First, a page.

Mission Possible: How You Can Start and Operate a Soup Kitchen
In its editorial “Hold off on recall” (June 7), The Times indicated that “It’s been increasingly difficult for Trenton residents to stand by and see their city steadily slipping into a morass of financial, legal and ethical problems. Each time Trenton’s leaders appear to be gaining traction and heading for solid ground, another slipup sends the city sprawling backward.” Nevertheless, The Times recommended holding off on a recall effort of Trenton Mayor Tony Mack.
The time has come for all individuals, elected officials and entities that care about the future of Trenton to publicly support the recall effort. We need to heed the words of Dag Hammarskjöld, a former secretary-general of the United Nations, who said, “Never for the sake of peace and quiet deny your own experience or conviction.”
I do not reside in the City of Trenton; however, I have been a Mercer County resident for more than 40 years, and for more than two decades, I have worked in Trenton assisting various nonprofits that serve the city’s truly needy. My work brings me to Trenton most days each week. To the best of my recollection, I have never met nor spoken with Mayor Mack. I have nothing against him and, in fact, I find his personal story very compelling.
There has been much further slippage in the city since the June 7 editorial was published, including the departure of the city’s law director, Marc McKithen, who, according to City Council President George Muschal, was pressured to resign because he “wanted to abide by the [Open Public Records Act] rules and regulations, and apparently the administration wanted him to do things that were illegal” (The Times, June 15).
However, what prompts me to call for the recall of Mayor Mack is the resignation of Eric Berry, the city’s business administrator, the seventh person to hold that key role since Mayor Mack took office. In its June 17 editorial, The Times wrote: “Mayor Mack has a most unfortunate track record when it comes to filling the top spots in his administration. Some of those the mayor advanced for the jobs had shady pasts; at least one of them imploded of his own volition. As the mayor begins his second year in office, he should strive for greater stability, more continuity.”
By all accounts, Berry was diligent, conscientious and honest. I have no doubt that he will land on his feet. I have real doubts as to whether anyone who is competent will be willing to come to Trenton in light of the astronomically high turnover rate among key city officials.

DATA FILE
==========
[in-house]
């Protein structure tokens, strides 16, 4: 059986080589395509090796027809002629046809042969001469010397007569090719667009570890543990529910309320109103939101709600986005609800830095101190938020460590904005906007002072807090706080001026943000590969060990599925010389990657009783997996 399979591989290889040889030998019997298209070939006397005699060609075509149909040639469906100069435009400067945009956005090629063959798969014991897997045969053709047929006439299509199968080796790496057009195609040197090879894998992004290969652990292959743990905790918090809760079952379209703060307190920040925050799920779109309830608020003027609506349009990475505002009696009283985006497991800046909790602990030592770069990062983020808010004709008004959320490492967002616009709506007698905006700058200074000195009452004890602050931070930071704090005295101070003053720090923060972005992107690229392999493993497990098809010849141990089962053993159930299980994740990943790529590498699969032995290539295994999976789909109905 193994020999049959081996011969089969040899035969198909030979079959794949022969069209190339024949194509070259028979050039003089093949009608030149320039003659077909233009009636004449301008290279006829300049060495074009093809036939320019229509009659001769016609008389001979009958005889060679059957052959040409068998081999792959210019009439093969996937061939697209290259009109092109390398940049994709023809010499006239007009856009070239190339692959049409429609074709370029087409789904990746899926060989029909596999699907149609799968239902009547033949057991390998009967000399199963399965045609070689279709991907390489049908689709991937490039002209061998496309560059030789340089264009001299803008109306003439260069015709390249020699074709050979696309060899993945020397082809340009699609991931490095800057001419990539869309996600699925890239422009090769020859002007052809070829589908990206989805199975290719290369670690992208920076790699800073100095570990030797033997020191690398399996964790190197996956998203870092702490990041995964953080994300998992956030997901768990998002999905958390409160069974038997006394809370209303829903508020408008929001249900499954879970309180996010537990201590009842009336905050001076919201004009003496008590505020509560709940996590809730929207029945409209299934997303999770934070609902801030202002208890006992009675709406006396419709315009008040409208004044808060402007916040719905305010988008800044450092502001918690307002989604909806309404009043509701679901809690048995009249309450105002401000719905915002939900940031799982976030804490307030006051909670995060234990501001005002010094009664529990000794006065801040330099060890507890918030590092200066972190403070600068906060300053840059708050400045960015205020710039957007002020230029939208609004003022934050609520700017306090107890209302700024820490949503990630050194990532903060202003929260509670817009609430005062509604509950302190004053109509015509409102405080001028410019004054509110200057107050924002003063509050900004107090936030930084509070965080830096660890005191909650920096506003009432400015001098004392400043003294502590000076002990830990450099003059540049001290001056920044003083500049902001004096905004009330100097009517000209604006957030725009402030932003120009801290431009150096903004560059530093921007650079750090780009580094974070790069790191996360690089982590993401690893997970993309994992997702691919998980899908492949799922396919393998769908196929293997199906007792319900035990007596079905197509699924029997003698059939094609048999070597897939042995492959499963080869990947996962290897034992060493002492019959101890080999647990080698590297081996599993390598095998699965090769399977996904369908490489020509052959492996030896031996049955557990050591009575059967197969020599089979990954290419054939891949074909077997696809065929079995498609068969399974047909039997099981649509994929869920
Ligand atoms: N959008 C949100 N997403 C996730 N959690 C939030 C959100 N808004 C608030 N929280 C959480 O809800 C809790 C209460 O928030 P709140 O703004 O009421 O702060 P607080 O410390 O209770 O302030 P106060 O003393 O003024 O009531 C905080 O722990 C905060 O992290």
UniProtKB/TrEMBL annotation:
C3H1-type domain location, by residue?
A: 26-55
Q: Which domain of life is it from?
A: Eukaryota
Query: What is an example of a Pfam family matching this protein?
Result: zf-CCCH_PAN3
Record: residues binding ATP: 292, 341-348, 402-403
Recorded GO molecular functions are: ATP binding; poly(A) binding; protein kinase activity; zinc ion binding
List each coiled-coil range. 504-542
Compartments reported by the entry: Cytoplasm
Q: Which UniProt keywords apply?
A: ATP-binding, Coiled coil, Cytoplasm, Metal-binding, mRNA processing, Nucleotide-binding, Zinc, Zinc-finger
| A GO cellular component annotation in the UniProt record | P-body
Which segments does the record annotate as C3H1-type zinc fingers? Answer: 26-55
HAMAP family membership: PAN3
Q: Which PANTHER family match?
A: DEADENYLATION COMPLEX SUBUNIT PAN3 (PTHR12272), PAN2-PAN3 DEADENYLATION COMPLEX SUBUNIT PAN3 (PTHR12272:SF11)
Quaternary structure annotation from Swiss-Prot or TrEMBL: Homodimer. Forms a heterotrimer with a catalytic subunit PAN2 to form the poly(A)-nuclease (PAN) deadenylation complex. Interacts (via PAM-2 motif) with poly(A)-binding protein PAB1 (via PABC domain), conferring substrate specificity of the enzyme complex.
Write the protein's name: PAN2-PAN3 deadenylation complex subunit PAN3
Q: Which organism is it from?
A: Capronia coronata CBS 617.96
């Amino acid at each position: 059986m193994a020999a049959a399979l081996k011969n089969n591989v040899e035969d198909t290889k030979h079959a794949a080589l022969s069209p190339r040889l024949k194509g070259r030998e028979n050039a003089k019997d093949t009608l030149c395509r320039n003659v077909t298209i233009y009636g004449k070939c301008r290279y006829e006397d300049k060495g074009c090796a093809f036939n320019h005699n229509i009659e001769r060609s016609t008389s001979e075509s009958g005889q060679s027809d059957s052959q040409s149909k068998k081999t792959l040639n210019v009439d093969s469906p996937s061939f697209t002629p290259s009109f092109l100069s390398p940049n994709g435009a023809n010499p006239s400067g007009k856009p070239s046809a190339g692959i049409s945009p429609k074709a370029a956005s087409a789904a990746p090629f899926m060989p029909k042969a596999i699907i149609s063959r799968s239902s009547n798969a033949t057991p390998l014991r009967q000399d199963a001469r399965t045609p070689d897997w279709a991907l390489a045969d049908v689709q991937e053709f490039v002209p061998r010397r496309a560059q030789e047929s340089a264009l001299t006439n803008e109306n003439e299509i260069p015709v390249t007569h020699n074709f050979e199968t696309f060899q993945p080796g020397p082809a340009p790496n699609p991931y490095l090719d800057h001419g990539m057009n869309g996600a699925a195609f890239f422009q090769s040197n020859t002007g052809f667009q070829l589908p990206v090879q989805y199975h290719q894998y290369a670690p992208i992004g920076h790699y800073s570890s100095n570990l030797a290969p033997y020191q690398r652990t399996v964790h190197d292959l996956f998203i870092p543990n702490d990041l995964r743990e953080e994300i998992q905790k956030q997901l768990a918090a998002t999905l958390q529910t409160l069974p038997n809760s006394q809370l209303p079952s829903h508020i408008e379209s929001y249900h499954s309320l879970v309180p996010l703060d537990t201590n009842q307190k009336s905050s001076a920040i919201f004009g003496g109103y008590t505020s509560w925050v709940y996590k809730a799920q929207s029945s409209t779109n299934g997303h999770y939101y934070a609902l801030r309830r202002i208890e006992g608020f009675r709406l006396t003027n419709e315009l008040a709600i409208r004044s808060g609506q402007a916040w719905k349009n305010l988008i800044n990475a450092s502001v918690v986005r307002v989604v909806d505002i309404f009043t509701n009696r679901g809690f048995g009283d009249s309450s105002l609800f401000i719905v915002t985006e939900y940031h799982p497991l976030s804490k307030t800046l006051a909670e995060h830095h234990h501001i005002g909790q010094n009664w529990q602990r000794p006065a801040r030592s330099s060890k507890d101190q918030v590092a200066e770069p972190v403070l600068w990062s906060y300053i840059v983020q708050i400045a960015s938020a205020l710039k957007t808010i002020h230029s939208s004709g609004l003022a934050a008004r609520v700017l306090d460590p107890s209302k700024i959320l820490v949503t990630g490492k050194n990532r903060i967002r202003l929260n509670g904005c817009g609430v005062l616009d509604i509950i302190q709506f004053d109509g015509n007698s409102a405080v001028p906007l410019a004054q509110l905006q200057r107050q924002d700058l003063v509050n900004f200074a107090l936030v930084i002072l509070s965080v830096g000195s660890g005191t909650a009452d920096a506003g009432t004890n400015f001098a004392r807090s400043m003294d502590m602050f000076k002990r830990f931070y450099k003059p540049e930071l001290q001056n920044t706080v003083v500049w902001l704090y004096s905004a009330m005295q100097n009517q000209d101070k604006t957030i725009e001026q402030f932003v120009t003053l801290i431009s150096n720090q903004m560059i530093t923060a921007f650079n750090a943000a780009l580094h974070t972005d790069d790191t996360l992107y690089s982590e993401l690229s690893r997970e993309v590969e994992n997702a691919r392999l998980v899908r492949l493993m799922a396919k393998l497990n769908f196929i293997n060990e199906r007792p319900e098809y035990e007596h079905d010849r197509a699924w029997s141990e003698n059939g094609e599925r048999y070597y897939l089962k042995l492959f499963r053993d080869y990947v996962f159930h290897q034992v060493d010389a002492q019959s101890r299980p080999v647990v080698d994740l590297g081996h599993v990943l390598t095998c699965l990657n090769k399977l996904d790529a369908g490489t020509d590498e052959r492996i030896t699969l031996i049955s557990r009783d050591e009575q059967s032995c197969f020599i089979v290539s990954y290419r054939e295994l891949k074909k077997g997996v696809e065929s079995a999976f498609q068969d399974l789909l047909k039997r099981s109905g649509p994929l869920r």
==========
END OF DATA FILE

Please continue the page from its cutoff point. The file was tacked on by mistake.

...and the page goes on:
I believe that holding public office is a sacred trust. When you are afforded the opportunity to serve, you are obligated to do the best job you can, given your strengths and weaknesses. No one can be an expert on every area of municipal management. What we can expect is that leaders will surround themselves with people who have experience and that they will seek out people who have expertise. Mayor Mack, by and large, has not been able to attract quality people, and when he has, he has not been able to keep them. This is a tragic flaw.
From a management perspective, there is nothing more difficult nowadays than to effectively manage our nation’s cities, especially at a time when the federal government and, increasingly, state government, are abdicating their responsibility for providing a social, health and human services safety net. To successfully govern our cities, our leaders need to assemble, motivate and lead an effective management team. It is impossible to effectively manage a large organization with the kind of high-level turnover that has occurred in the Mack administration.
Recall is a long and complicated process. Given the fact that Mayor Mack won the June 15, 2010, election runoff with 62 percent of the votes cast, the bar for recalling him should be very high. To collect the 9,800 signatures (25 percent of the city’s more than 39,000 registered voters) during a 160-day period will be very difficult. It will be less difficult if there is a clarion call from all quarters of Mercer County in favor of the recall.
Four arguments have been posited against a recall. First, it is too expensive ($100,000, according to former Trenton Business Administrator Eric Berry). I’d argue that $100,000 is a small price to pay for quality government. I have no doubt that a competent administration will quickly pay for the cost of the recall.
Second, it could hurt the city’s bond rating (again, according to Berry). The city’s bond rating could also plummet if the current problems plaguing the administration continue or escalate over the next three years.
Third, it could be extremely divisive to the Trenton community. What is currently going on is already extremely divisive to the fabric of the Trenton community.
Fourth, it could “drain energy from fixing the city’s problems” (June 7 editorial). However, on June 17, The Times pointed out that “too much energy has evaporated in attending to the constant [staff] changes.”
A recall of Mayor Mack is justified and necessary, as he has failed to effectively lead the city of Trenton.
Glowing Praise for Mission Possible:
"Almost everyone wants to do something to make a difference. Visionary leaders of the Trenton Area Soup Kitchen (T.A.S.K) have made a huge difference in the lives of their patrons and in those of us who have been privileged to work with them. Mission Possible is about the best practices that have changed peoples' lives for the better through a soup kitchen. Here's the model. Make a difference!" - E. Roy Riley, Bishop, New Jersey Synod, ELCA (Evangelical Lutheran Church in America)